By Ainslie Heilich, PG
In England, the London Underground has a famous phrase, “MIND THE GAP”, that is played over the PA system and is emblazoned on the edge of the station platforms. This now iconic warning is to remind passengers stepping on or off of the trains to look down and make sure they aren’t stepping out into thin air, as many of the station platforms are curved and therefore create a large divide to step over. This video is a good example of the curve leaving a decent gap for the young lad to manage.
As Odd Fellows, we have our own gap to mind. The generational one. The has been much written on the topic of the membership of the Order skipping two generations by Dave Rosenberg PGM CA. We are all aware of the very grave problem of our aging membership dying out and Lodges losing their quorum because of it. But that is merely a symptom of a decades long problem. We shouldn’t have allowed things to get to the point of having to last minute recruit anyone who is breathing just to keep a Lodge open. This is the wrong solution and it will only be a temporary one. If we were to run out and recruit a couple younger folks to be members and expect to just relax because as long as they keep paying dues for the next 30 plus years that the Lodge is secure is also the wrong solution. It will require more than just that.
Attracting younger people is just one of the difficult tasks we face, then we must give them a reason to keep coming, and ultimately the training needed to take over. Each step of the way will have its own unique set of challenges that older and younger members will face. But if we took some time to actually get to know and understand each other then we will all be more successful in this endeavor. Since the beginning of time, the younger generation has been the scourge of those much older and “wiser”. I say wiser with a grain of salt because wisdom is not just the culmination of a lifetime of acquired knowledge, it is knowing when and how to share it with younger folks, and still allowing them to make mistakes without your harsh judgement so they can fully understand the lesson for themselves. Wisdom is also the radical acceptance that everyone is different and has a different set of life experiences that drives them and while it may not be your cup of tea, it is how others live.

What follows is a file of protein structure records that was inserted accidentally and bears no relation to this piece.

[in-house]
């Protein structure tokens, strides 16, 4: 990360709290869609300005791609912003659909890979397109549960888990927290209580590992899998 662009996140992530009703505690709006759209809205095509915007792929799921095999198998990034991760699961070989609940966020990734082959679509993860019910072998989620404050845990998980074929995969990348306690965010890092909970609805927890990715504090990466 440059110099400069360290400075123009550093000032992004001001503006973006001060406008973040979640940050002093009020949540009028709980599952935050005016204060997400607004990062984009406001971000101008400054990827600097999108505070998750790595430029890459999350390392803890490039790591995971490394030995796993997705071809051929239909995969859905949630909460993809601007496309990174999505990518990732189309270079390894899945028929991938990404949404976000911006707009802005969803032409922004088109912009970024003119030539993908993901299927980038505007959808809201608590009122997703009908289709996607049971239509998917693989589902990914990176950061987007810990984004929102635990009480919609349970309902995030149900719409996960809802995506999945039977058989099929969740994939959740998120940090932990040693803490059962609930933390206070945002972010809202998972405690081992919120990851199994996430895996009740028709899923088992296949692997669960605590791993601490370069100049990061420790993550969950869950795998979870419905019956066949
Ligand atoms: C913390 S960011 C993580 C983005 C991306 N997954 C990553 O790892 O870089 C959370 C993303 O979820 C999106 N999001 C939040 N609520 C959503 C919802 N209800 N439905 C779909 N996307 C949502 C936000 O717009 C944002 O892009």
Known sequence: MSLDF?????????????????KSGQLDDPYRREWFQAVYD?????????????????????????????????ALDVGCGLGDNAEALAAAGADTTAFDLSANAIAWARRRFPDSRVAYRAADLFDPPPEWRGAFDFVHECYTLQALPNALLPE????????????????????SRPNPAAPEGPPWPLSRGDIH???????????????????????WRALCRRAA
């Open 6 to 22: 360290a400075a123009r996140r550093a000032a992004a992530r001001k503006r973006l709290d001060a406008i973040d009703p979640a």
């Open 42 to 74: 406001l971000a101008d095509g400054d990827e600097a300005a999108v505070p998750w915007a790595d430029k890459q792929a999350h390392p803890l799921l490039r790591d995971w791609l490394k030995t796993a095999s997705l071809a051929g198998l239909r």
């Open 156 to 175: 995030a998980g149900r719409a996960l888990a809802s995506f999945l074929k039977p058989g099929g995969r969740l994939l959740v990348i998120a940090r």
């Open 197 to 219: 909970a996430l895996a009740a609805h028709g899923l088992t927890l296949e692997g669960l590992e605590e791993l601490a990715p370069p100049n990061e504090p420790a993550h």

Failure to mind the gap will quickly alienate younger members and drive them away. The reasons they are drawn to Odd Fellows may not be the same as yours. What they want to get out of being a member of the Odd Fellows may not be the same as yours. Their ideas for the Lodge may not be the same as yours. Different doesn’t mean its bad or wrong. It means they are looking at if from a different perspective and therefore see the same object in a different way.
Recently, Michael Greenzeiger and Linnea Bredenberg did a short seminar on communications between generations in the Lodge at the IOOF Educational Seminar, Reno, NV. It is well worth the 20 minutes. The three slides above are taken from it and really hit the point on the different perspectives the different generations of members are approaching the Odd Fellows from. None of these approaches are wrong, they are just coming from a different perspective, and there is plenty of room for that in the Lodge if we are open to it and don’t forget to “MIND THE GAP”!
Originally posted to IOOFTV by Mel Astrahan: http://www.eyephysics.com/iooftv.html IOOFTV is a commercial free, unlimited central repository for public relations programs that may be of interest to members of the Independent Order of Odd Fellows. To order videos on a USB memory stick, to host your video productions, or for the IOOFTV News team to report from your event email firstname.lastname@example.org.
PDF of presentation slides:
Communications between generations
Original video location:
2 thoughts on “Mind the (Generational) Gap”
I have been an Odd Fellow for less than a year and I’m an older Gen X. In our rapidly growing lodge I suspect that the gap that Michael and Linnea are covering came before me arrival. For me, the gap is related to the knowledge of traditions I am attempting to learn. The members from the era of traditions, teaching, and memorization (I will assume are from the Silent and some traditional Baby Boomer generations) are not present often enough in the lodge. What we now call the “old guard” (likely be Baby Boomers or free-spirited Gen Xers) are members who joined as the “young people” and are now a touch older than the new people coming in today. The gap I see created is that today’s “old guard” might have felt like the troublesome young people to their “old guard” and might not have earnestly collected the traditions from their elders. So now along comes curious Gen X or Millennial wondering about more than just when the next social is going to be held (although my brothers and sisters can attest to my enjoyment of a good social). My point is what I believe the DMC and the presenters in the video were making, and that is without the steady adding of members over the decades then a homogeneity is created either traditional older or non-traditional younger. Spreading years of experience or deeper meanings on the values of Odd Fellowship could be hard to achieve. People of the traditional generation have been members of their lodges for decades. They love their lodge and their brothers and sisters. I would even suppose that they love Odd Fellowship as much as the people they see at the Lodge. Today’s new members respecting the traditions and respectfully talking with those seasoned members should be (in a perfect Odd world) the channel through which the traditions make their way to the new members (of many generations) who will keep the Order alive within the non-traditional world they live.
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What a great assessment Billy! Thank you for sharing.
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